Wednesday, July 28, 2010

Wanderers 2010.7.28

I was late to the meeting this morning, as I'd been working out in this conversation with math teachers, as to the relevance of philosophy within their discipline. I sense some divergent views.

Hansen says philosophy and science went their separate ways over 400 years ago.

Haim keeps invoking Marx and various "isms" commonly known as "ideologies" (e.g. Communism, Capitalism... Anarchism). Is all this philosophy then?

Math teachers aren't always clear on their definitions at first, yet share some commitment to get more definite over time (math aficionados are accustomed to definitive thinking).

Now I'm at Lyrik, waiting for a meeting to start. I call this my "corner office" and use it to connect some dots, e.g. to Martian Math.

Apropos of this history, I got to chatting with Jody via Gchat. She's the former owner of this place, when she named it Fine Grind, after which I named my Fine Grind Productions when needing to produce some backdrop video for my theatrical appearance at Portland Center Stage, as "dymaxion clown" (went over well, as a lecture on election night to the IEEE -- not what Bruno was doing back then).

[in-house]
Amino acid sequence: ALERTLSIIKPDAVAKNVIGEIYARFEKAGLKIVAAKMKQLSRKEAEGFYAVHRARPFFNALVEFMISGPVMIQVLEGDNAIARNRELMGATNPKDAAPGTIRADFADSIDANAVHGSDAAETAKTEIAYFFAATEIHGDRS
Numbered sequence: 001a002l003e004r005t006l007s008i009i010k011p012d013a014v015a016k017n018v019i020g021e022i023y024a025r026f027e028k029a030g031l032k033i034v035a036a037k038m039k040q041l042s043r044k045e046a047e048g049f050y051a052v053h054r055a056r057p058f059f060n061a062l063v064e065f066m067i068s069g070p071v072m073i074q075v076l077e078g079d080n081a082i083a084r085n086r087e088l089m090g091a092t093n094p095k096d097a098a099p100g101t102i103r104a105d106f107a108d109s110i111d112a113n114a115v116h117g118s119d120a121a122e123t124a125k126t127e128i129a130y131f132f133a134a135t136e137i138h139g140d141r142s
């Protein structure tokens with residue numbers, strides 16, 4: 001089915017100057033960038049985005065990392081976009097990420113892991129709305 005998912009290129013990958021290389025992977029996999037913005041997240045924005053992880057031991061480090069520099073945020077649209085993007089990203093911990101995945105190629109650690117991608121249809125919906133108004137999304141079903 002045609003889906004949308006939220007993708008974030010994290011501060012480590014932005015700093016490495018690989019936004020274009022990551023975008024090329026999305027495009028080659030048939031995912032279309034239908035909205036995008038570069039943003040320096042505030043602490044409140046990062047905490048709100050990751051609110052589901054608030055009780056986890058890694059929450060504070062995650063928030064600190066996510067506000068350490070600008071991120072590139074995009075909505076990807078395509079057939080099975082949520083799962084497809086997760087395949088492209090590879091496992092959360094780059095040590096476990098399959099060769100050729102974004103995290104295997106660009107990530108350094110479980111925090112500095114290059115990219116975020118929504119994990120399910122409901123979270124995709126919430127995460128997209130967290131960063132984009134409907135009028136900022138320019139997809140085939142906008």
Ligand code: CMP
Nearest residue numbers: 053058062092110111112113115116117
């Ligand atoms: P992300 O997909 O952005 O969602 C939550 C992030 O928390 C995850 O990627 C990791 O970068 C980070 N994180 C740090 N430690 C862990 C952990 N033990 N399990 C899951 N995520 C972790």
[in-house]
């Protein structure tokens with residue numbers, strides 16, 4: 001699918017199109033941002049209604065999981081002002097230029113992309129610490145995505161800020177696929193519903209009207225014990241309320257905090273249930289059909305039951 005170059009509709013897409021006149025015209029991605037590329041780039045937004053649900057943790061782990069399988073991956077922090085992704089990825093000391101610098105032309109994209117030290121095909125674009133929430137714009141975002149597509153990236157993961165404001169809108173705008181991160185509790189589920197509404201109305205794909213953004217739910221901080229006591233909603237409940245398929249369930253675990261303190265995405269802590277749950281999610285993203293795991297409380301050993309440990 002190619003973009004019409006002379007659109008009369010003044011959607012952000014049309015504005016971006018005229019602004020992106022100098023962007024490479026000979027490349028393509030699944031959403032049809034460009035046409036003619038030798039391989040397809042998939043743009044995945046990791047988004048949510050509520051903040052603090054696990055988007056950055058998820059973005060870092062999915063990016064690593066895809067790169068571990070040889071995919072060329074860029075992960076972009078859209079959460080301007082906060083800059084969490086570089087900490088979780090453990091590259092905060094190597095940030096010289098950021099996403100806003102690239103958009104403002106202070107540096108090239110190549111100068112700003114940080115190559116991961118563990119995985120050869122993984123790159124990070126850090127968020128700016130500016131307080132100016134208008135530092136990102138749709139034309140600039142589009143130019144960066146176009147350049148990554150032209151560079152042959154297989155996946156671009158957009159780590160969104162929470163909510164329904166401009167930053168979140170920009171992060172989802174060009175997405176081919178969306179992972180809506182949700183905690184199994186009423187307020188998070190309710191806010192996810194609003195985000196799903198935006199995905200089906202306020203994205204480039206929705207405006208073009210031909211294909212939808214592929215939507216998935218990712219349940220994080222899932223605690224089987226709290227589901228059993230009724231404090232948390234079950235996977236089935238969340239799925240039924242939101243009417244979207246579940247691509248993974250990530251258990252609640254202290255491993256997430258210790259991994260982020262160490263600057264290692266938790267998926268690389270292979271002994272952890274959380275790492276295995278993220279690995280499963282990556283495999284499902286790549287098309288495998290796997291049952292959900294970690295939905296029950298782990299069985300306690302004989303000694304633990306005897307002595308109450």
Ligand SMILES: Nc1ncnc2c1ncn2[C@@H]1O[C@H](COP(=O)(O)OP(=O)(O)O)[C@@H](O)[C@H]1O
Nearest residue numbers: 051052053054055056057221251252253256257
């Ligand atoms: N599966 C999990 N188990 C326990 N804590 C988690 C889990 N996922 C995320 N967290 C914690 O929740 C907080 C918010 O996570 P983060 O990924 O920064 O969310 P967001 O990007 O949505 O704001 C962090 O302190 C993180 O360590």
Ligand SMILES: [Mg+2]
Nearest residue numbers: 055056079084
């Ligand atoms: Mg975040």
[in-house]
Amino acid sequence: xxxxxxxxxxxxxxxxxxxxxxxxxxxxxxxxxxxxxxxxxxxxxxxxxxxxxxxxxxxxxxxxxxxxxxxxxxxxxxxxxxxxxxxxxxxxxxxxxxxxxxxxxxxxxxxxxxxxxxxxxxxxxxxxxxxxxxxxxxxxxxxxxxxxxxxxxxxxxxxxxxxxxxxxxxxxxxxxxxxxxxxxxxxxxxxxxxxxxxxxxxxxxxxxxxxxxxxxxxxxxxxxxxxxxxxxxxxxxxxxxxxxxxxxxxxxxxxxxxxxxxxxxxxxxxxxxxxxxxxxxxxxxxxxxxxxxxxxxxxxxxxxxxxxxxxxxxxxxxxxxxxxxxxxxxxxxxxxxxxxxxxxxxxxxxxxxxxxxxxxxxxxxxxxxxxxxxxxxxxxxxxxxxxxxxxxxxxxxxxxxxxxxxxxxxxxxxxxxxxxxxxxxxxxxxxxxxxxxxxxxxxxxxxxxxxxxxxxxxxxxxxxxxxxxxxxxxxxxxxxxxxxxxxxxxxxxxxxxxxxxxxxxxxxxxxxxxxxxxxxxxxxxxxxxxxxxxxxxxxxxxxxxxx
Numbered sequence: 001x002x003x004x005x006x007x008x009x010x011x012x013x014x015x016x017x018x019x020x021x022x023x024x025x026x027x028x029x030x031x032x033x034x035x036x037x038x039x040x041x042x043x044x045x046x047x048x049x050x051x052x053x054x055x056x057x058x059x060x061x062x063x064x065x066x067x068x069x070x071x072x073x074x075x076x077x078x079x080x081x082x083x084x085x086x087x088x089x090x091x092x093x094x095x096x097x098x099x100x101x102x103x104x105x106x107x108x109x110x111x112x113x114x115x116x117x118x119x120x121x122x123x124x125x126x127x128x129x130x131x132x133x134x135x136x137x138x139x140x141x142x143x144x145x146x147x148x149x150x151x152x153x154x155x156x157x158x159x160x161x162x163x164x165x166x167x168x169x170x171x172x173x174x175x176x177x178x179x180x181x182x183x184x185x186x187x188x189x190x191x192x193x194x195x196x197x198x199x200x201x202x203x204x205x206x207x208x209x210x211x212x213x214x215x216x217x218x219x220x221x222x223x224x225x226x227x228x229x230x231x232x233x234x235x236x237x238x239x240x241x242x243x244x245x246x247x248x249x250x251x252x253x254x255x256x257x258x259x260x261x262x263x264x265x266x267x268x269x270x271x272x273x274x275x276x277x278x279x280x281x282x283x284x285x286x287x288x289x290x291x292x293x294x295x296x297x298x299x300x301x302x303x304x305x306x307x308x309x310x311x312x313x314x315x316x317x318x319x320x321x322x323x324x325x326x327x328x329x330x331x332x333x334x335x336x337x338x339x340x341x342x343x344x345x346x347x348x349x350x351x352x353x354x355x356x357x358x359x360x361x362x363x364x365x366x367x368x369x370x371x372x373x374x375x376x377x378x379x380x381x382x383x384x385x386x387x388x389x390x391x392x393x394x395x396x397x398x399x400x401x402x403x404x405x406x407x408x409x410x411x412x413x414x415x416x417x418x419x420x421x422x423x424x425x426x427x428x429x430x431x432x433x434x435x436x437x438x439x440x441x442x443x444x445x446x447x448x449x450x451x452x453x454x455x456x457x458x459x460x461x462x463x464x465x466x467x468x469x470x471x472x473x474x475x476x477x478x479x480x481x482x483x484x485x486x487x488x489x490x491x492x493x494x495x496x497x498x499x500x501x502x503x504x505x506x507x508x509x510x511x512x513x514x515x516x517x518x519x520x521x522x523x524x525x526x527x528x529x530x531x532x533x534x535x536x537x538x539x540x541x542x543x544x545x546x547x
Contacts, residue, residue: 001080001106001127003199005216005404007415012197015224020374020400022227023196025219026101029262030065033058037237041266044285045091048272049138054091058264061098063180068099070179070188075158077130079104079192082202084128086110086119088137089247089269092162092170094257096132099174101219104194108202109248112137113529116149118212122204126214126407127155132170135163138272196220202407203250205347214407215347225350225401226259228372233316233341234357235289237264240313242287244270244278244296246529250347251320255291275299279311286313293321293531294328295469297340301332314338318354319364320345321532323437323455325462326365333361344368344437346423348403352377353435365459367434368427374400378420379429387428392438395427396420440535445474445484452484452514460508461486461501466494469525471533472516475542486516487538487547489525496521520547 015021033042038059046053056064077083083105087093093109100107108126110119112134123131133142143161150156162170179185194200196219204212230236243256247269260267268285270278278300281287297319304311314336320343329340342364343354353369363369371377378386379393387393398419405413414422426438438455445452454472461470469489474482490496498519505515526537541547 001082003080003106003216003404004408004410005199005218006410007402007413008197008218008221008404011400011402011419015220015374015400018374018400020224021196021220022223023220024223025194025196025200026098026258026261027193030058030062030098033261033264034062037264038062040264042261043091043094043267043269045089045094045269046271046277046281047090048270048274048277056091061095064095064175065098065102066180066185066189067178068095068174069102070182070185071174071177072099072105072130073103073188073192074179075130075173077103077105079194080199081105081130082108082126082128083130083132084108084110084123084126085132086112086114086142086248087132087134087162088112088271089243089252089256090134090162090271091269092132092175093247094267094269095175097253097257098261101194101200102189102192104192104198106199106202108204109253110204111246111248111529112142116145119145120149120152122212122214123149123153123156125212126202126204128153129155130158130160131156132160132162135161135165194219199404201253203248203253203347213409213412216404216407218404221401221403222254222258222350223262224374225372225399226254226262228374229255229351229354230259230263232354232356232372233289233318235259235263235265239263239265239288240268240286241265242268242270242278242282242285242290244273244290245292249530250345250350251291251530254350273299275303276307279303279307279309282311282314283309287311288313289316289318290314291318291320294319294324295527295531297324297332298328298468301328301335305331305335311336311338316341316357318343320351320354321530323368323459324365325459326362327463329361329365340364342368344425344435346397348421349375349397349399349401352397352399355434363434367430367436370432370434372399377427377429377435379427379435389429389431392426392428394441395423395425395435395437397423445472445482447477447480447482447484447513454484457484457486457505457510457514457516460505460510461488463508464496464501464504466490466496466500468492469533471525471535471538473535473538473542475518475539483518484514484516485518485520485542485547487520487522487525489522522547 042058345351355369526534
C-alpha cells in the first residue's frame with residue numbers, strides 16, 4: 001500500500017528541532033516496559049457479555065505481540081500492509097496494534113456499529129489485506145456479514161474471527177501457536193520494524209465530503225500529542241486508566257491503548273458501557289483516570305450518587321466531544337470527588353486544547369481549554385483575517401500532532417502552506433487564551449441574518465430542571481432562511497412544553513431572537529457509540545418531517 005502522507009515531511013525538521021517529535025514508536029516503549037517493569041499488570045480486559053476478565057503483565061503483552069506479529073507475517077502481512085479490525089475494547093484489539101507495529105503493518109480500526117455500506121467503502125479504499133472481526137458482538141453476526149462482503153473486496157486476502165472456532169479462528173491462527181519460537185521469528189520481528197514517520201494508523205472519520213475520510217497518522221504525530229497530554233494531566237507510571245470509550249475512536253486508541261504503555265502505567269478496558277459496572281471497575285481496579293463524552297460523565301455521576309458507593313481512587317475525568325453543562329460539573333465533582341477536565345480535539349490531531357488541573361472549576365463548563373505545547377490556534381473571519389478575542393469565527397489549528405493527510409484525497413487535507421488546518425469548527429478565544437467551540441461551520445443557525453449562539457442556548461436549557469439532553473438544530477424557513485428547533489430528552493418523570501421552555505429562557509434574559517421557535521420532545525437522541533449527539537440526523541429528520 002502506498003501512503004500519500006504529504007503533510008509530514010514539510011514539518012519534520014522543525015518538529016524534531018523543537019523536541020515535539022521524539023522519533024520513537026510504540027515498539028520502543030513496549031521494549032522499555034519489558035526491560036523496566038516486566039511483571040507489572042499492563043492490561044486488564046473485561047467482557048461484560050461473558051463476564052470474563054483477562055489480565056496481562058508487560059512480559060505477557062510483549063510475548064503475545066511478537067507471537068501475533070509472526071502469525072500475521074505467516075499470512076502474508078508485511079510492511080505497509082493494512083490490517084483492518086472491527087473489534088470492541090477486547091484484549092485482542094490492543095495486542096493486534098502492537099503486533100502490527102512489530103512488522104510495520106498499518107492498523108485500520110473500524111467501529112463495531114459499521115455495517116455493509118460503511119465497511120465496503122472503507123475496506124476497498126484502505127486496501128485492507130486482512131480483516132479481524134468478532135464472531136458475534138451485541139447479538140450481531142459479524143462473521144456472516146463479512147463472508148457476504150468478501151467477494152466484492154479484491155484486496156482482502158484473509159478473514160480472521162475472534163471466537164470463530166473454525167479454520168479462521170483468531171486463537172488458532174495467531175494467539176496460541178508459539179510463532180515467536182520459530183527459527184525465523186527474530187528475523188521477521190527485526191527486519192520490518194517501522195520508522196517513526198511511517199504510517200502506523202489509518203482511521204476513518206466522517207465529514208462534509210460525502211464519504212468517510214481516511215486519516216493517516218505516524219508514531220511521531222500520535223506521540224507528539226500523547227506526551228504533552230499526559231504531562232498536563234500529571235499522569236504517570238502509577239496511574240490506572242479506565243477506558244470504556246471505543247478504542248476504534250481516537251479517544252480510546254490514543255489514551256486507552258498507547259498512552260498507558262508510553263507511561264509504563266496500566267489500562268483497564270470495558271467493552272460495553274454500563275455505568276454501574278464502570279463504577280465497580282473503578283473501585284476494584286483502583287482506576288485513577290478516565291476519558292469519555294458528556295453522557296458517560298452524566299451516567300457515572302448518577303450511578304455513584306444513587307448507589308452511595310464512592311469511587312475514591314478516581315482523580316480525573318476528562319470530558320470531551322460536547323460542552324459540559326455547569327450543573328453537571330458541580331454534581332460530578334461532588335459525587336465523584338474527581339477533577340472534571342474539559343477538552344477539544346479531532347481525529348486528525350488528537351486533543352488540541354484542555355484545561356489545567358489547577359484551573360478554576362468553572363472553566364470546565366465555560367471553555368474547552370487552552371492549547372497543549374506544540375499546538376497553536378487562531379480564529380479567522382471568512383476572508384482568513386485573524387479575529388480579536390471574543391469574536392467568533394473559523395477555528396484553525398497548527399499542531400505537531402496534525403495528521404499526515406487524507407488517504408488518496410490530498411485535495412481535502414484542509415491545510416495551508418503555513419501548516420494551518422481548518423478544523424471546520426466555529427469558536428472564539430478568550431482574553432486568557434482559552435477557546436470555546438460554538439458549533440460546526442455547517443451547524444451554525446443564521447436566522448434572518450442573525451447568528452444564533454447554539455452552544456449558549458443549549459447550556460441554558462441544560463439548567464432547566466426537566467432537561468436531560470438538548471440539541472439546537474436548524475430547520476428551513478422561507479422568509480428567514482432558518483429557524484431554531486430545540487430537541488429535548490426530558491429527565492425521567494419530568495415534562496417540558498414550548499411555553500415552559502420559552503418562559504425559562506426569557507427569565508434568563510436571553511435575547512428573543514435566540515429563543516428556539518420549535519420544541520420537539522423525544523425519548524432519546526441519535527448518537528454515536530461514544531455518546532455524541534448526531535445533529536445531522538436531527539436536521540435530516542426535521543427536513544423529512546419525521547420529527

I bring up Martian Math because of the course I'm starting next week, after a quick trip up north (I'll be driving the torture taxi). Tomorrow morning, Glenn and I plan to scope out the site again, maybe walk in the canyon. He's doing Neolithic Math.

It's a summer camp and they've got segments spread across the time-line. My segment is "the future" and of course is science fiction in that sense -- but I won't skimp on having real math in the picture.

One question is: how flaky is J (I've requested the J-language be installed in the lab, a rock-stable language but there may be something "special" about this installation, I've been warned by the staff).

So the fun at Wanderers this morning was tracking Jim Buxton as a dot on Google Maps. We had the option of a Street View based on his spatial coordinates. Of course the stills we were seeing were whatever the Google immersive camera car was taking in on that day, not some live video feed from "the bizmo" itself.

He was somewhere in North Dakota. Don tried to hail him by cell, let him know we were looking over his shoulder (slowed to 47 mph going through Bismarck), but got switched to voicemail. We used an Apple Powerbook and a computer projector to share the experience with everyone around the table, including a couple visitors just passing through.